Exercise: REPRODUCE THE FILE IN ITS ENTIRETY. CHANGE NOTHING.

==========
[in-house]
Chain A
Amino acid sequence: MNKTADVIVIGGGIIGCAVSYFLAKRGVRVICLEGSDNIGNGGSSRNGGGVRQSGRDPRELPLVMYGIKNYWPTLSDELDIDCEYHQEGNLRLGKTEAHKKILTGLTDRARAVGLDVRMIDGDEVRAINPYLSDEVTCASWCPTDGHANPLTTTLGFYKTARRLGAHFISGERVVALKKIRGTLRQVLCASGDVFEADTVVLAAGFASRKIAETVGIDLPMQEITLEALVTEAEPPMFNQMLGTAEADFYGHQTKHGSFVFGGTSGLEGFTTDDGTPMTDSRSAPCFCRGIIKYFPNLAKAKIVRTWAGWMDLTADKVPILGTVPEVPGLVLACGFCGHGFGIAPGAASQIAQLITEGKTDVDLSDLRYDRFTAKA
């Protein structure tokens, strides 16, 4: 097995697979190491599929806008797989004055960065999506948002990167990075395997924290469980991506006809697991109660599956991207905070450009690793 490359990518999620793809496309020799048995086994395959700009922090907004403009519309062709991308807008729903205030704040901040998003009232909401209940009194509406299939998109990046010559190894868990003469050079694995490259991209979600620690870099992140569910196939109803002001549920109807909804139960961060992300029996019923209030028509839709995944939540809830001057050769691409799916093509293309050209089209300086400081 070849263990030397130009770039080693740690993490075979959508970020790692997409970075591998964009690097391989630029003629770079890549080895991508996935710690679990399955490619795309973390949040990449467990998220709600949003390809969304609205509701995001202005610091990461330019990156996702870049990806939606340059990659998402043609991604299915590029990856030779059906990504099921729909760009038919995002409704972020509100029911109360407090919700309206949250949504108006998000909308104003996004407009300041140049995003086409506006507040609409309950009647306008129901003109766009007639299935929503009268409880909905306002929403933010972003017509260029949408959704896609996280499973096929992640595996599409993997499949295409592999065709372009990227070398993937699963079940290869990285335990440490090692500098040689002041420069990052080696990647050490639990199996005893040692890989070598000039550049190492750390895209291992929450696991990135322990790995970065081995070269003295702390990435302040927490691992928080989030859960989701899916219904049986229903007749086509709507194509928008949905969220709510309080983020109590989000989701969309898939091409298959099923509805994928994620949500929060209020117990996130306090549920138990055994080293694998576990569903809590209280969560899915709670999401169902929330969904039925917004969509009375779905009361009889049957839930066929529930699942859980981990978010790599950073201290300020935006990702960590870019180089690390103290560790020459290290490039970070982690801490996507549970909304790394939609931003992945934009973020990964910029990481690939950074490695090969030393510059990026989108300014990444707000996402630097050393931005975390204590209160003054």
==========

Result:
[in-house]
Chain A
Amino acid sequence: MNKTADVIVIGGGIIGCAVSYFLAKRGVRVICLEGSDNIGNGGSSRNGGGVRQSGRDPRELPLVMYGIKNYWPTLSDELDIDCEYHQEGNLRLGKTEAHKKILTGLTDRARAVGLDVRMIDGDEVRAINPYLSDEVTCASWCPTDGHANPLTTTLGFYKTARRLGAHFISGERVVALKKIRGTLRQVLCASGDVFEADTVVLAAGFASRKIAETVGIDLPMQEITLEALVTEAEPPMFNQMLGTAEADFYGHQTKHGSFVFGGTSGLEGFTTDDGTPMTDSRSAPCFCRGIIKYFPNLAKAKIVRTWAGWMDLTADKVPILGTVPEVPGLVLACGFCGHGFGIAPGAASQIAQLITEGKTDVDLSDLRYDRFTAKA
């Protein structure tokens, strides 16, 4: 097995697979190491599929806008797989004055960065999506948002990167990075395997924290469980991506006809697991109660599956991207905070450009690793 490359990518999620793809496309020799048995086994395959700009922090907004403009519309062709991308807008729903205030704040901040998003009232909401209940009194509406299939998109990046010559190894868990003469050079694995490259991209979600620690870099992140569910196939109803002001549920109807909804139960961060992300029996019923209030028509839709995944939540809830001057050769691409799916093509293309050209089209300086400081 070849263990030397130009770039080693740690993490075979959508970020790692997409970075591998964009690097391989630029003629770079890549080895991508996935710690679990399955490619795309973390949040990449467990998220709600949003390809969304609205509701995001202005610091990461330019990156996702870049990806939606340059990659998402043609991604299915590029990856030779059906990504099921729909760009038919995002409704972020509100029911109360407090919700309206949250949504108006998000909308104003996004407009300041140049995003086409506006507040609409309950009647306008129901003109766009007639299935929503009268409880909905306002929403933010972003017509260029949408959704896609996280499973096929992640595996599409993997499949295409592999065709372009990227070398993937699963079940290869990285335990440490090692500098040689002041420069990052080696990647050490639990199996005893040692890989070598000039550049190492750390895209291992929450696991990135322990790995970065081995070269003295702390990435302040927490691992928080989030859960989701899916219904049986229903007749086509709507194509928008949905969220709510309080983020109590989000989701969309898939091409298959099923509805994928994620949500929060209020117990996130306090549920138990055994080293694998576990569903809590209280969560899915709670999401169902929330969904039925917004969509009375779905009361009889049957839930066929529930699942859980981990978010790599950073201290300020935006990702960590870019180089690390103290560790020459290290490039970070982690801490996507549970909304790394939609931003992945934009973020990964910029990481690939950074490695090969030393510059990026989108300014990444707000996402630097050393931005975390204590209160003054």